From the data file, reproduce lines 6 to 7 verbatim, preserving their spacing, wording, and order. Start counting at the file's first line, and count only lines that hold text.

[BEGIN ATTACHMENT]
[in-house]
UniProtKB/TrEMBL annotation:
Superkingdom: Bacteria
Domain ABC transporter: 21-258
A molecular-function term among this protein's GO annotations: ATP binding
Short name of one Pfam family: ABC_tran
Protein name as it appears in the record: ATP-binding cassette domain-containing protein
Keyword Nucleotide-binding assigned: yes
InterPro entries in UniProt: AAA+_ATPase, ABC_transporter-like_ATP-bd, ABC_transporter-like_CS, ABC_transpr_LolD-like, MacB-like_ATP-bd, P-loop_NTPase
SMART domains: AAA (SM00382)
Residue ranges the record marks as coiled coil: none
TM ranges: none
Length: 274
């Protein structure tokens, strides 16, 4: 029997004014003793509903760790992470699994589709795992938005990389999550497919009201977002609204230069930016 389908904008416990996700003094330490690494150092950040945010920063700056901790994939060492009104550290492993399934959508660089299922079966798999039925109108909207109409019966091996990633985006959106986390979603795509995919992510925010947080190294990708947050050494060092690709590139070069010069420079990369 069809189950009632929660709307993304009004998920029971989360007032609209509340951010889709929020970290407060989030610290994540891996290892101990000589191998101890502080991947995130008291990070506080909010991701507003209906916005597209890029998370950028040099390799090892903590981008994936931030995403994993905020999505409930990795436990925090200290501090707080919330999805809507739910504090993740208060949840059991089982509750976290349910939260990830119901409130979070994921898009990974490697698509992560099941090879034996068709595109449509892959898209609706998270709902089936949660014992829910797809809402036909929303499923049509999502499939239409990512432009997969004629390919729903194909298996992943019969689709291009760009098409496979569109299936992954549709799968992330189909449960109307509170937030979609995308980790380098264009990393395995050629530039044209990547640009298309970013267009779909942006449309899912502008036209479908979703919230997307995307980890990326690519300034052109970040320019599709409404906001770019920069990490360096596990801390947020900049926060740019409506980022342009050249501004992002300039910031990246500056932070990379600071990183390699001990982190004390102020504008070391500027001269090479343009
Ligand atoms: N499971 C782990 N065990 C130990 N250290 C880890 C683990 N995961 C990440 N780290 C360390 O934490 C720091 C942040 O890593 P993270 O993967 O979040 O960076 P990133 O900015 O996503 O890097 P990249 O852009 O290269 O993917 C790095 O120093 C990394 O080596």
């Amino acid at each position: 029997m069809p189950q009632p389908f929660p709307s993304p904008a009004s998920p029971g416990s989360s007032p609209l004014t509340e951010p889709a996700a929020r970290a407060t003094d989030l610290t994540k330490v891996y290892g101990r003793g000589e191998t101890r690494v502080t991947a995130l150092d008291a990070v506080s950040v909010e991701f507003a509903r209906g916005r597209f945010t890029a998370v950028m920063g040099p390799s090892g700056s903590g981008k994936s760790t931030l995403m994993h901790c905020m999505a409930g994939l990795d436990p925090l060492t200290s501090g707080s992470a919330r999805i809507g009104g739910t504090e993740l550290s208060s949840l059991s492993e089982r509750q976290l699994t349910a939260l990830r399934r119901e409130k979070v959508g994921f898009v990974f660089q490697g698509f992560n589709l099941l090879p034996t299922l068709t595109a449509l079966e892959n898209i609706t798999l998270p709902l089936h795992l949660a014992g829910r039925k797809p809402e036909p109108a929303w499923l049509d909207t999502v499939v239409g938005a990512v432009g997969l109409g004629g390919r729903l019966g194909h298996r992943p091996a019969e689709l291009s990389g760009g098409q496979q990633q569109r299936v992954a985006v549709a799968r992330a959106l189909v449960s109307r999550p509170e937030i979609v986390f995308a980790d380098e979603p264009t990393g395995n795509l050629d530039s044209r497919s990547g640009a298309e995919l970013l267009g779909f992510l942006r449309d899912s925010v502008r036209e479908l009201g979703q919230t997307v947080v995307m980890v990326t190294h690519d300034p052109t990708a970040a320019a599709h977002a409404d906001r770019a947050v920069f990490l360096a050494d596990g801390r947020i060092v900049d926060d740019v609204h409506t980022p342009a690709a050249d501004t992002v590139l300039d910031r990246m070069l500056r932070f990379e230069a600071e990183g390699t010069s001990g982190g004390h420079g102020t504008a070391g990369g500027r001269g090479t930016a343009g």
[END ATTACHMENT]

Short name of one Pfam family: ABC_tran
Protein name as it appears in the record: ATP-binding cassette domain-containing protein